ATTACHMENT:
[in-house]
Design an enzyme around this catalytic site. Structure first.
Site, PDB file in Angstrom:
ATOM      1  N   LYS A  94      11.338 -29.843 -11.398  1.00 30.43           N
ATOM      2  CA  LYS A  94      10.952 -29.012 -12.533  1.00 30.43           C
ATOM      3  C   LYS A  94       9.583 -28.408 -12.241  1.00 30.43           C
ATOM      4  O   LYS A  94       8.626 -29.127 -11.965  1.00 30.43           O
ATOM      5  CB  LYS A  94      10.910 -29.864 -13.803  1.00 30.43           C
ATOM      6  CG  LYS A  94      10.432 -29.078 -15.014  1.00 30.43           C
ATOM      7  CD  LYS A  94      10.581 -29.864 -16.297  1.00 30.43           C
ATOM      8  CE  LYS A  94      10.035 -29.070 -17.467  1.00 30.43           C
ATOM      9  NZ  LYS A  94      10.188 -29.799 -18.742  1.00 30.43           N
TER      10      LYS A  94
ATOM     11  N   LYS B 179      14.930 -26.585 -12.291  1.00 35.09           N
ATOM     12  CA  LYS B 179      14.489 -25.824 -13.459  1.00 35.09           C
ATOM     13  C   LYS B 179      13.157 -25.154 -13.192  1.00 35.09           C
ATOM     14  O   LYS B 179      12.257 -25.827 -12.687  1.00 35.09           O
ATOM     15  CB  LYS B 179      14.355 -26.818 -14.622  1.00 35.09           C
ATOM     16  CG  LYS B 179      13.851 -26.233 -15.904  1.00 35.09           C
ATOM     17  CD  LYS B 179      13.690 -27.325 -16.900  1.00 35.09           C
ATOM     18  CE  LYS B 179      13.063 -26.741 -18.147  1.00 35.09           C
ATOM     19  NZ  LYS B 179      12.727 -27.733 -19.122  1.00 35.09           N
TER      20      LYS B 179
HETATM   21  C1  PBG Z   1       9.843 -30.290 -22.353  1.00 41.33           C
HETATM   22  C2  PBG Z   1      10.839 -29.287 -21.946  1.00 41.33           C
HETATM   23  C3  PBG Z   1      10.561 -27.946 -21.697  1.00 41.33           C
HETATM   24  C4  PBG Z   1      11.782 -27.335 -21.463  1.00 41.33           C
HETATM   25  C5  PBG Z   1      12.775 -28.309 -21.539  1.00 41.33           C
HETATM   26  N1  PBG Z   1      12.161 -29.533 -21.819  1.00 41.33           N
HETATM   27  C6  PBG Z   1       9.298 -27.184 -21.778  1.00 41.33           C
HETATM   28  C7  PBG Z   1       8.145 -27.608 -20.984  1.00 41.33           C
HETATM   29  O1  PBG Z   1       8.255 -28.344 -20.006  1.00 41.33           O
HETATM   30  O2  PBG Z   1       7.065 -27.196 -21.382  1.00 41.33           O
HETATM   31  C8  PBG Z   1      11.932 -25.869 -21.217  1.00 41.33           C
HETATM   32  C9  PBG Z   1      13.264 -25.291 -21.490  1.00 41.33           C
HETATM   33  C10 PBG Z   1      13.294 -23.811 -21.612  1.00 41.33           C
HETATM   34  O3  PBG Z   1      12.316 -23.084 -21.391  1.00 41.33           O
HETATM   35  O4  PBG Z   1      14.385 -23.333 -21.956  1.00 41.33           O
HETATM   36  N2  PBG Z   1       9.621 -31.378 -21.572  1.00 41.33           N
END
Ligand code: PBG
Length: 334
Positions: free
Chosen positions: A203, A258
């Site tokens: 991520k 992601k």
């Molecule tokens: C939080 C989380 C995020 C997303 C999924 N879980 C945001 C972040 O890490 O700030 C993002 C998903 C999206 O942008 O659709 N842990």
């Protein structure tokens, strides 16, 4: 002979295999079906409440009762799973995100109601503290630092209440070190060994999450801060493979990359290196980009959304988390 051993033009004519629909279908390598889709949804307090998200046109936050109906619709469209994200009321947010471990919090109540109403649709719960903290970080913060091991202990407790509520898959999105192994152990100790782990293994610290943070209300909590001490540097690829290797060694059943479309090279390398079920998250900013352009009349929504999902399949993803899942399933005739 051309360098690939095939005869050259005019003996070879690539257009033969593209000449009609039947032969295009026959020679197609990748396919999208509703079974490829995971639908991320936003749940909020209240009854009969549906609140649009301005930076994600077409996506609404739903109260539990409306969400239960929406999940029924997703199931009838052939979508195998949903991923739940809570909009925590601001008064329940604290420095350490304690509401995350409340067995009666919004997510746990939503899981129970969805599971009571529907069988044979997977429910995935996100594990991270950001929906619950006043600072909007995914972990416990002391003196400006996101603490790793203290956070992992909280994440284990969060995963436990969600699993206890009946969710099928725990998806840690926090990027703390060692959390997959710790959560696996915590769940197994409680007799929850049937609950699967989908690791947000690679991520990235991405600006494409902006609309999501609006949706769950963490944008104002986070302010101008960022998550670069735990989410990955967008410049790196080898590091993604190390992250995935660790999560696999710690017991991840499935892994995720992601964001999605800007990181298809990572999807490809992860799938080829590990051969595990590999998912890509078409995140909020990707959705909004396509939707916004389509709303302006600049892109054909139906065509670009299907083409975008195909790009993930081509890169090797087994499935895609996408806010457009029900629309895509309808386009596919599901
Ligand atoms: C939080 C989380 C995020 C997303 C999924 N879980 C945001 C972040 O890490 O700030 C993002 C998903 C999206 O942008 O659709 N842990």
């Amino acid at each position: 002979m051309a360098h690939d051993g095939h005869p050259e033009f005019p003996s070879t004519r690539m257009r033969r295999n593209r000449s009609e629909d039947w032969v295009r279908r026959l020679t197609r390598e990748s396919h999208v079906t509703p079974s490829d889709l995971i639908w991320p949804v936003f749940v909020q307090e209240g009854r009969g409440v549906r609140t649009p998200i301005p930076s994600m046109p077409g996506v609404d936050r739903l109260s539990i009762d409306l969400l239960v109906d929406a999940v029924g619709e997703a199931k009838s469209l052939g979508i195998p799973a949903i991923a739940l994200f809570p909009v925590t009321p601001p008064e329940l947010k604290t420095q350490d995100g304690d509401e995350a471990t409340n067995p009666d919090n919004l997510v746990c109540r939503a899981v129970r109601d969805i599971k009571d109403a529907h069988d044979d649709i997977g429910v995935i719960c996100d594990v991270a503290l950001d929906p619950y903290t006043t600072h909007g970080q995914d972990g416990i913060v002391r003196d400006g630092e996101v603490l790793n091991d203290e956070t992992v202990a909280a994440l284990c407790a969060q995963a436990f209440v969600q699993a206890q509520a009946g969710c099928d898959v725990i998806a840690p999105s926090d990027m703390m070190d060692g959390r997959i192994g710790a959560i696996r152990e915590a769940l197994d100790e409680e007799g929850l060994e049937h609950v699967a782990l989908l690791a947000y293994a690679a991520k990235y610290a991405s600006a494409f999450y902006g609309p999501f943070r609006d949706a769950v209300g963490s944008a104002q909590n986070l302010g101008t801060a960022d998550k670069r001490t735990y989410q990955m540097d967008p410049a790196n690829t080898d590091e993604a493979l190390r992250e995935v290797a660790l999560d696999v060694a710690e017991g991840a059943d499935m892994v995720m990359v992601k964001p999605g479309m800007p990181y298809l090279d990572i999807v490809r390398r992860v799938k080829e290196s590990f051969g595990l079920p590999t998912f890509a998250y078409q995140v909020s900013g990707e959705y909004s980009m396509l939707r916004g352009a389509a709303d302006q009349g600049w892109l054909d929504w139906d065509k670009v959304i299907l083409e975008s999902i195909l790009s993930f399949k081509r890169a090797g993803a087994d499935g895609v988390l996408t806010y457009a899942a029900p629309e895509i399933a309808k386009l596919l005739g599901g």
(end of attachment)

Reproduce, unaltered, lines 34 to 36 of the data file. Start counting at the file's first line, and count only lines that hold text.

HETATM   31  C8  PBG Z   1      11.932 -25.869 -21.217  1.00 41.33           C
HETATM   32  C9  PBG Z   1      13.264 -25.291 -21.490  1.00 41.33           C
HETATM   33  C10 PBG Z   1      13.294 -23.811 -21.612  1.00 41.33           C